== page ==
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Morals and the Right to Free Movement
Insiders, outsiders and Europe’s migration crisis

an Integrating Europe, Malden, Blackwell. Finotelli, C& Arango J2011, ‘Regularisation of Unauthorised Immigrants in Italy and Spain: Determinants and Effects’, Documents d’Anàlisi Geogràfica, vol. 57, no. 13, pp. 495-515. Hume, D 1896, A Treatise of Human Nature, ed with an analytical index LA Selby-Bigge, Clarendon, Oxford. Huysmans, J 2000, ‘The European Union and the Securitization of Migration’, Journal of Common Market Studies, vol. 38, no. 5, pp. 751-777. Huysmans, J 2006, The Politics of

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Editorial: Reflections on Islamophobia in Central and Eastern Europe

of danger completely. Third and finally, Ľubomír Zvada from Palacký University in Olomouc in the Czech Republic contributed to the special section with the text called Securitization of the Migration Crisis and Islamophobic Rhetoric: The 2016 Slovak Parliamentary Elections as a Case Study . Zvada focuses on the “migration crisis” in Slovakia and thus his contribution brings to an end the focus on the CEE realm. Unlike the two previous texts introduced already in this editorial for which a focus on Slovakia would be far beyond their scope of interest, Zvada

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Reclaiming Citizenship in the Post-Democratic Condition

in the US, migration and the emphasis on border control, another mainstay of the campaign, point to the securitisation of civil rights. The recent relative success of Jeremy Corbyn can be attributed to the successful attempt of the Labour Party to shift the discussion towards the loss of welfare and the impact of austerity across the British society, using the slogan ‘For the many, not the few’. For Natalie Fenton (2017) , this success is a sign of democracy fighting back. In these cases, the campaigns successfully re-signified existing concerns and experiences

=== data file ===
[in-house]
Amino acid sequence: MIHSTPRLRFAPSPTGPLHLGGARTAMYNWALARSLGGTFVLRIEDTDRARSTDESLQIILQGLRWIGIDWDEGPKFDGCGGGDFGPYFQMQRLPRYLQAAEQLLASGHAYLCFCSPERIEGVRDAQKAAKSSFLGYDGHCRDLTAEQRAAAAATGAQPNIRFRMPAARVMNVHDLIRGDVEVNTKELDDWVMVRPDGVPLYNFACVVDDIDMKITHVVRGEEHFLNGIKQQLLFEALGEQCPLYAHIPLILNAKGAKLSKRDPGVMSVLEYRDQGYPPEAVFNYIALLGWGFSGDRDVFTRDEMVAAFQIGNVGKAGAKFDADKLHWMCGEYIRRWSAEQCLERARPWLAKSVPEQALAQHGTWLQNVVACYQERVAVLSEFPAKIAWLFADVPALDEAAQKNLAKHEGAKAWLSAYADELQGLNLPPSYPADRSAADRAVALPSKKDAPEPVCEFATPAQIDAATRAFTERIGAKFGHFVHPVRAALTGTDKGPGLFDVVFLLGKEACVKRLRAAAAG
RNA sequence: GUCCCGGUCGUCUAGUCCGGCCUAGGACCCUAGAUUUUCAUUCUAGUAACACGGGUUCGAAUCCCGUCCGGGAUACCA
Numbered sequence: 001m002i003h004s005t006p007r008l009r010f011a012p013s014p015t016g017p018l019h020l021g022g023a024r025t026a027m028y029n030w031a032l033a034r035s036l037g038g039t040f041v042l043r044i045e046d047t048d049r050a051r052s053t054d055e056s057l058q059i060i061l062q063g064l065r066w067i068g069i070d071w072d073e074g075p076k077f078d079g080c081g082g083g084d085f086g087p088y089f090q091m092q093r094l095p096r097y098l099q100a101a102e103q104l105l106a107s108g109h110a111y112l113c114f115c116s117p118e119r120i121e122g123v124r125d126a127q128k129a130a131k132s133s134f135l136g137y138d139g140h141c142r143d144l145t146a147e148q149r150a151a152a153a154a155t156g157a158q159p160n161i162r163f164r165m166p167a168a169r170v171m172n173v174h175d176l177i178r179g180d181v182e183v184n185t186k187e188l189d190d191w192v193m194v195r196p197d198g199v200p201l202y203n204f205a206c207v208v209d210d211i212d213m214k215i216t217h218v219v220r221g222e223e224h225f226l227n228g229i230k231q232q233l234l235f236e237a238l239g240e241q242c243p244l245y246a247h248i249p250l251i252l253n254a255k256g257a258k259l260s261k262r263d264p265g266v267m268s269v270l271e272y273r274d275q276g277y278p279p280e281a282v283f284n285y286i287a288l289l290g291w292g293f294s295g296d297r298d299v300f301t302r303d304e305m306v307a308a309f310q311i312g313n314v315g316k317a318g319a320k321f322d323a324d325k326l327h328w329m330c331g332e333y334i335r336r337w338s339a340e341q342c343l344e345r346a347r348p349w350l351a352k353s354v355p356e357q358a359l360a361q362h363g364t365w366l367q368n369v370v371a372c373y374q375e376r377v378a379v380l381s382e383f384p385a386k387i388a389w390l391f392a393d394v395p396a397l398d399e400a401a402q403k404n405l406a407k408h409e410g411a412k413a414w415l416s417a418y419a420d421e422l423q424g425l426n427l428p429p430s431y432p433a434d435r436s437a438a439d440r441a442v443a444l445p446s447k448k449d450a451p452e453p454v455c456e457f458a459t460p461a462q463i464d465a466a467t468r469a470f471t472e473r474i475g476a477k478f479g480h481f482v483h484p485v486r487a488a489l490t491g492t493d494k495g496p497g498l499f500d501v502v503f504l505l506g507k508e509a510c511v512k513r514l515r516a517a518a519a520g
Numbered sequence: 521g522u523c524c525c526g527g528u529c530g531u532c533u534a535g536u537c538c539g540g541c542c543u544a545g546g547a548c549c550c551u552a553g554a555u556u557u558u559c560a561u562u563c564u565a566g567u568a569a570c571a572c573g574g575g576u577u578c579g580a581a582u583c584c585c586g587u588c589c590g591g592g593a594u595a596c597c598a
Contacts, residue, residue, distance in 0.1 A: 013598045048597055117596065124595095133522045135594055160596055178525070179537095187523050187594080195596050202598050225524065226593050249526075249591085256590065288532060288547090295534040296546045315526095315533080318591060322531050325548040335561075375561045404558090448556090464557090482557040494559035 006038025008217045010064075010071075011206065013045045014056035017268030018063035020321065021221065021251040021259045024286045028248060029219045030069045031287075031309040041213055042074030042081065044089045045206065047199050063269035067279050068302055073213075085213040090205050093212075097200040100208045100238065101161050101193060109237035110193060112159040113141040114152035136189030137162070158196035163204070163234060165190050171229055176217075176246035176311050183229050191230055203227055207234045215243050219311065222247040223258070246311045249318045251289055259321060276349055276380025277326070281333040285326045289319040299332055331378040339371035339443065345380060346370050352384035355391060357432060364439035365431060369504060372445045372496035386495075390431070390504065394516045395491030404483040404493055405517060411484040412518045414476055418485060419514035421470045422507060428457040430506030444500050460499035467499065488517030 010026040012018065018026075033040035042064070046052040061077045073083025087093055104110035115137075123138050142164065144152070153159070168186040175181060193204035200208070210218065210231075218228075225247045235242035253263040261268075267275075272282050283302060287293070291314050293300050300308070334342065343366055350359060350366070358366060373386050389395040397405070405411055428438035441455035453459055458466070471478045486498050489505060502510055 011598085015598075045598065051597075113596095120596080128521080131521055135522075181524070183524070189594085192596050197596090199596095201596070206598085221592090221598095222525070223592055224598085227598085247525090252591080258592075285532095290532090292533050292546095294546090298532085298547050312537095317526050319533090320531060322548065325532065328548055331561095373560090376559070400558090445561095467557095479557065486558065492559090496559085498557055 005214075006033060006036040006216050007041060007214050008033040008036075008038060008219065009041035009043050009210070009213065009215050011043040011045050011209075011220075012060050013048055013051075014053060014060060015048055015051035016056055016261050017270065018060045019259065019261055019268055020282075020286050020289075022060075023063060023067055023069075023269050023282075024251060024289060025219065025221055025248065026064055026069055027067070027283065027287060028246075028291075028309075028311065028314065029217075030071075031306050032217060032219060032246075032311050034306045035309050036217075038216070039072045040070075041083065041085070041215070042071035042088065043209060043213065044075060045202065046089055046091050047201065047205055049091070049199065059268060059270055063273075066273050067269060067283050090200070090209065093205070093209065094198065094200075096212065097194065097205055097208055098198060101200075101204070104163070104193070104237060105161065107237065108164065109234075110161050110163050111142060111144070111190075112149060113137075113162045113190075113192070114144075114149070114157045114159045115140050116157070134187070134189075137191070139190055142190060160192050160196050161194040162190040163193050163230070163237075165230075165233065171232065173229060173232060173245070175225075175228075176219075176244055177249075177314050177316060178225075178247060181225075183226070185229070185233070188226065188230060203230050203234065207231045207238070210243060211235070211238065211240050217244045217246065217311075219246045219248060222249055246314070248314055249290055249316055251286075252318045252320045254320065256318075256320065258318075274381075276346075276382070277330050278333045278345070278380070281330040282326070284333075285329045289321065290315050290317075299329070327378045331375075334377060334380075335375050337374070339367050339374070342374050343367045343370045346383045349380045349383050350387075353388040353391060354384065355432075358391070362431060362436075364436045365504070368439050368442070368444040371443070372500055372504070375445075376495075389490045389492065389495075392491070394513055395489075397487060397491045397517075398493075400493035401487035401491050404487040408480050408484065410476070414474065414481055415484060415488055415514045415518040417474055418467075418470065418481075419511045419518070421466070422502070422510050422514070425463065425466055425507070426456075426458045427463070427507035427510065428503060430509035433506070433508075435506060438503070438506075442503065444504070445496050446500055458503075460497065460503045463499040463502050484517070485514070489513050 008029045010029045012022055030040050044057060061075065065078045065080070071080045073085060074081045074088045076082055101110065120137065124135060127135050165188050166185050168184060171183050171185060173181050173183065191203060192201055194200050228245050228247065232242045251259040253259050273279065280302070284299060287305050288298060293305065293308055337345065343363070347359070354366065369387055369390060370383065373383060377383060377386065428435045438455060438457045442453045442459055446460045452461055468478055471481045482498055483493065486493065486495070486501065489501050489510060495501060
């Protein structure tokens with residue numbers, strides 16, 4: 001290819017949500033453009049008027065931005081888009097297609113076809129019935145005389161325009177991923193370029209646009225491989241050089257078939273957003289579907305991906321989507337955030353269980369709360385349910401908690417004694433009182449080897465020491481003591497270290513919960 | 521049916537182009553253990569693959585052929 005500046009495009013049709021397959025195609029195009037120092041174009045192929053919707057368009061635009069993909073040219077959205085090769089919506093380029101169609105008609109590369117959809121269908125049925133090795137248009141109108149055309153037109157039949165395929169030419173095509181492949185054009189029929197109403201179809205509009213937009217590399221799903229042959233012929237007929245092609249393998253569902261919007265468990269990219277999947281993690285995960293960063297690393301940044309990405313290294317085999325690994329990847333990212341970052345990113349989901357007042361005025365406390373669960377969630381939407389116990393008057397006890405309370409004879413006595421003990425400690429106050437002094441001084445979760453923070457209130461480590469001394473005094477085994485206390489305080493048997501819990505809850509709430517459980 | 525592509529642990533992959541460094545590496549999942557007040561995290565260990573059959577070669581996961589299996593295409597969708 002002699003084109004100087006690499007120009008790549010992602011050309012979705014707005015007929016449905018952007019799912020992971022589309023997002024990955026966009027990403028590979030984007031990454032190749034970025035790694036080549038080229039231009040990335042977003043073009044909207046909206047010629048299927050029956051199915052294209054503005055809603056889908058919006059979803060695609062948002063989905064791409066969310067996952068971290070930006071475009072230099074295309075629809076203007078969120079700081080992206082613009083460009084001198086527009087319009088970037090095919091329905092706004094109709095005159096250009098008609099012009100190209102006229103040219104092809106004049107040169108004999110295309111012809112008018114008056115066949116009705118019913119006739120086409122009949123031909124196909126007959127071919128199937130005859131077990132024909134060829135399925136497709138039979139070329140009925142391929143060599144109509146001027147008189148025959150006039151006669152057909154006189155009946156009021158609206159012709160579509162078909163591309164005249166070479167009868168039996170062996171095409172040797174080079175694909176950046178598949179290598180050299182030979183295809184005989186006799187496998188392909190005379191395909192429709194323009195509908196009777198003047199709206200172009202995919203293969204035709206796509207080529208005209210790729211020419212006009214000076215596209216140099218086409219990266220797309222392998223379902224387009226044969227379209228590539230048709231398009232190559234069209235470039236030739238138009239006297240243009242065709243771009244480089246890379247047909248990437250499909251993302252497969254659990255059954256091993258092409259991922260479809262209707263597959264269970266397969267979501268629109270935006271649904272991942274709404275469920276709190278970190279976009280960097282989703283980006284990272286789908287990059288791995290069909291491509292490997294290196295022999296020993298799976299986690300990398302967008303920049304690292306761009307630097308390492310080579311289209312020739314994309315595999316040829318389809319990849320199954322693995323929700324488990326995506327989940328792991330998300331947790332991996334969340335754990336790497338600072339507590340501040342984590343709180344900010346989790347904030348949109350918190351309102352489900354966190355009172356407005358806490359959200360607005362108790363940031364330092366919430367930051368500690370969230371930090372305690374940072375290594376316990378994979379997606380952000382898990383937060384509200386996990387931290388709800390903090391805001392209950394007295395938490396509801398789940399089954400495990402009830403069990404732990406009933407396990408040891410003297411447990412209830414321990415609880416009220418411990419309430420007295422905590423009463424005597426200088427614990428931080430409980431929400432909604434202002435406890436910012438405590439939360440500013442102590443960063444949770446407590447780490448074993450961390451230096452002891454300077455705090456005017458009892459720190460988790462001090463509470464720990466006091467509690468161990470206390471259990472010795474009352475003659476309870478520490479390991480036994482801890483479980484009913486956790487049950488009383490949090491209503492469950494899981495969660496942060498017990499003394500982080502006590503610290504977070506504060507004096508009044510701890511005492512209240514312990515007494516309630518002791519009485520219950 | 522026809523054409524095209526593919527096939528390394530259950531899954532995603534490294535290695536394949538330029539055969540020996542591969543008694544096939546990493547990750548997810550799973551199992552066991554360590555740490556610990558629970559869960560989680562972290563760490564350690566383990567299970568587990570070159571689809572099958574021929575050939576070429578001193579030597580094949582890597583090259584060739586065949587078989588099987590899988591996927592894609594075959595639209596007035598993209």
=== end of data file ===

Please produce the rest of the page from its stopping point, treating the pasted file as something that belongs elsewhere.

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Estonian Perceptions of Security: Not Only About Russia and the Refugees

References Albert, M., & Buzan, B. (2011). Securitization, sectors and functional differentiation. Security dialogue, 42(4-5), 413-425. Aven, T. (2013). On the meaning of a black swan in a risk context. Safety science, 57, 44-51. Cameron, D. R., and Orenstein, M.A. "Post-Soviet Authoritarianism: The Influence of Russia in Its" Near Abroad"." Post-Soviet Affairs 28, no. 1 (2012): 1-44. CERT Estonia annual review 2007. Available: (https://www.ria.ee/public/CERT/CERT_2007_aastakokkuv6te.pdf (in

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Contemporary Citizenship: Four Types

in constitutional terms since the Glorious Revolution and the Act of Settlement in 1700. British national identity only became problematic with Caribbean migration in the 1960s, with Asian migration in the late 20th century and with membership of the European Community more recently. As ‘Great Britain’ became a problematic source of identity, ‘Englishness’ slowly arose as a crisis of identity in the 1990s ( Bryant, 2003 ). ‘England’ has increasingly assumed the character of an ‘elegy’ (Scruton, 2001). Social citizenship in Great Britain was constructed based on a